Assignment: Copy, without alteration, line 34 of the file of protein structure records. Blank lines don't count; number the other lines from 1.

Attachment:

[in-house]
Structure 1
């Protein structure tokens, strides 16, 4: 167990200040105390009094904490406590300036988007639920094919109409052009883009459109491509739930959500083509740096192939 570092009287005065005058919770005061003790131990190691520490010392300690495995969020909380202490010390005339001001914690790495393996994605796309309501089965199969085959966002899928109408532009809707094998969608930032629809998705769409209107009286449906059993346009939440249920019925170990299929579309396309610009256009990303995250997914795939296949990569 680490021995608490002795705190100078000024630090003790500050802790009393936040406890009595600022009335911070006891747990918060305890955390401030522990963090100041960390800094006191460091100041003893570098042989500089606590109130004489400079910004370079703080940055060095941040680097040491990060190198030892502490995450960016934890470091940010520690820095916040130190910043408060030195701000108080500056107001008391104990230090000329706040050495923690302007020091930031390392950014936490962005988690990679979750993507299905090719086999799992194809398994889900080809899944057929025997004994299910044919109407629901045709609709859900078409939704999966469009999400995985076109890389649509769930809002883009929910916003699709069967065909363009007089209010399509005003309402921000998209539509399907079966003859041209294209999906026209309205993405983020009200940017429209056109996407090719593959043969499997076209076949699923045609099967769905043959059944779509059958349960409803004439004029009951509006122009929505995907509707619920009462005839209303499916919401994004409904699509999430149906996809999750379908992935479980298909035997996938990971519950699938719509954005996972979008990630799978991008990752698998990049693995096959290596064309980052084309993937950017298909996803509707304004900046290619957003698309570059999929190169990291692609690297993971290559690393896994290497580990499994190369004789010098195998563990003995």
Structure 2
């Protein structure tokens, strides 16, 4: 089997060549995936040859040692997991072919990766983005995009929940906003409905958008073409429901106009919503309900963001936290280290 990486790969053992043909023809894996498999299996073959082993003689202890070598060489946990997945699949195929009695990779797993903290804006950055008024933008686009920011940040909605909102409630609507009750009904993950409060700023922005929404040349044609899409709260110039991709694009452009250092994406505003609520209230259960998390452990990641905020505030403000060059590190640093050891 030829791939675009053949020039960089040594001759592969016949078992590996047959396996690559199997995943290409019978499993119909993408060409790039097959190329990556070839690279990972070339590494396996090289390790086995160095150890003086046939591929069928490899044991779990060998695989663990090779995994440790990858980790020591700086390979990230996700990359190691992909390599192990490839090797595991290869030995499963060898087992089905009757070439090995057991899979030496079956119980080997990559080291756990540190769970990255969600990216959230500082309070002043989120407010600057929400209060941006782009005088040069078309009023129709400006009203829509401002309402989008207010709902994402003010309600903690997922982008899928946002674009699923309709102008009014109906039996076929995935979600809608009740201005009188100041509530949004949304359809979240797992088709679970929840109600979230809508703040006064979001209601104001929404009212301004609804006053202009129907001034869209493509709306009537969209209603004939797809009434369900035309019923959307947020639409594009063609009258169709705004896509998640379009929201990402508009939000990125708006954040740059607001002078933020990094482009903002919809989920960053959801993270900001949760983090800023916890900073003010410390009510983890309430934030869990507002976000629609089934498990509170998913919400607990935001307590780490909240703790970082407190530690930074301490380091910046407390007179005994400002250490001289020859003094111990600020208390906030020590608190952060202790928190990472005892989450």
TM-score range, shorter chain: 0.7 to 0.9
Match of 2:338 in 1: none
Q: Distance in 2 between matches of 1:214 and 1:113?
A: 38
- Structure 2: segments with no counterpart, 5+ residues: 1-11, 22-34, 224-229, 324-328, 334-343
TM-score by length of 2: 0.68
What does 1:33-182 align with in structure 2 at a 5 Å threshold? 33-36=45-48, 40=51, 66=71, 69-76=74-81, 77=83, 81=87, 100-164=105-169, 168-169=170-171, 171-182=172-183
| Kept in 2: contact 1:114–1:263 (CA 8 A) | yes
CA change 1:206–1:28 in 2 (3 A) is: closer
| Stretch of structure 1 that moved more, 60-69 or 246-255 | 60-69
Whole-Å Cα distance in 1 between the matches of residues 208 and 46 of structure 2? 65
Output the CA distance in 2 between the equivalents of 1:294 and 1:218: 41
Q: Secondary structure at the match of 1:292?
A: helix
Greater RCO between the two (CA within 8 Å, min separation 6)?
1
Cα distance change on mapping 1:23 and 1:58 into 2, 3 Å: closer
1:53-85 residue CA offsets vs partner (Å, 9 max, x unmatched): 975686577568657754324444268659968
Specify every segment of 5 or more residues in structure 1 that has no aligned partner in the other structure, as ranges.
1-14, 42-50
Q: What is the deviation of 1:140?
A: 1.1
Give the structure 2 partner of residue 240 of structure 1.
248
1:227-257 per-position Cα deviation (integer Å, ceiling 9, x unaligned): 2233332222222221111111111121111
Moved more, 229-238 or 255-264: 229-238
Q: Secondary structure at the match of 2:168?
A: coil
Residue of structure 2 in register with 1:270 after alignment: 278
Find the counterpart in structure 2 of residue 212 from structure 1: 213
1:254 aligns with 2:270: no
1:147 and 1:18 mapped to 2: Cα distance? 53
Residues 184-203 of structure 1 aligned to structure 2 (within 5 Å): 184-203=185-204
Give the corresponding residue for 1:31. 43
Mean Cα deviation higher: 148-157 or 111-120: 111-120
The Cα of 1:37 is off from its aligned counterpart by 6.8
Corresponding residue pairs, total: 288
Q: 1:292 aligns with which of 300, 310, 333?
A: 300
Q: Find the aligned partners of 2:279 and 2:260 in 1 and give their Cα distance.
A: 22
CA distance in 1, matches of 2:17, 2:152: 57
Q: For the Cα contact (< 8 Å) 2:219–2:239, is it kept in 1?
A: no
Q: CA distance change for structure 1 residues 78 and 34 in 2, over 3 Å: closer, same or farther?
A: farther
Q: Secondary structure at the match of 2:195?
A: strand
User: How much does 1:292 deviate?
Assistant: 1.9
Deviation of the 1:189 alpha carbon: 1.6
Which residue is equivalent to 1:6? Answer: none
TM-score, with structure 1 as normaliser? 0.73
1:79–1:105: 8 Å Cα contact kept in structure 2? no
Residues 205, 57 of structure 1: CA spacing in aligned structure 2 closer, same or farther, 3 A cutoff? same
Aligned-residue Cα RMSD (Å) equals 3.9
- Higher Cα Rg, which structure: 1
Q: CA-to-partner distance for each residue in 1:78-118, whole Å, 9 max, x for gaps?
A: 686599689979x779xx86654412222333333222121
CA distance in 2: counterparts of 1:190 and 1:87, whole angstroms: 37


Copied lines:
Residue of structure 2 in register with 1:270 after alignment: 278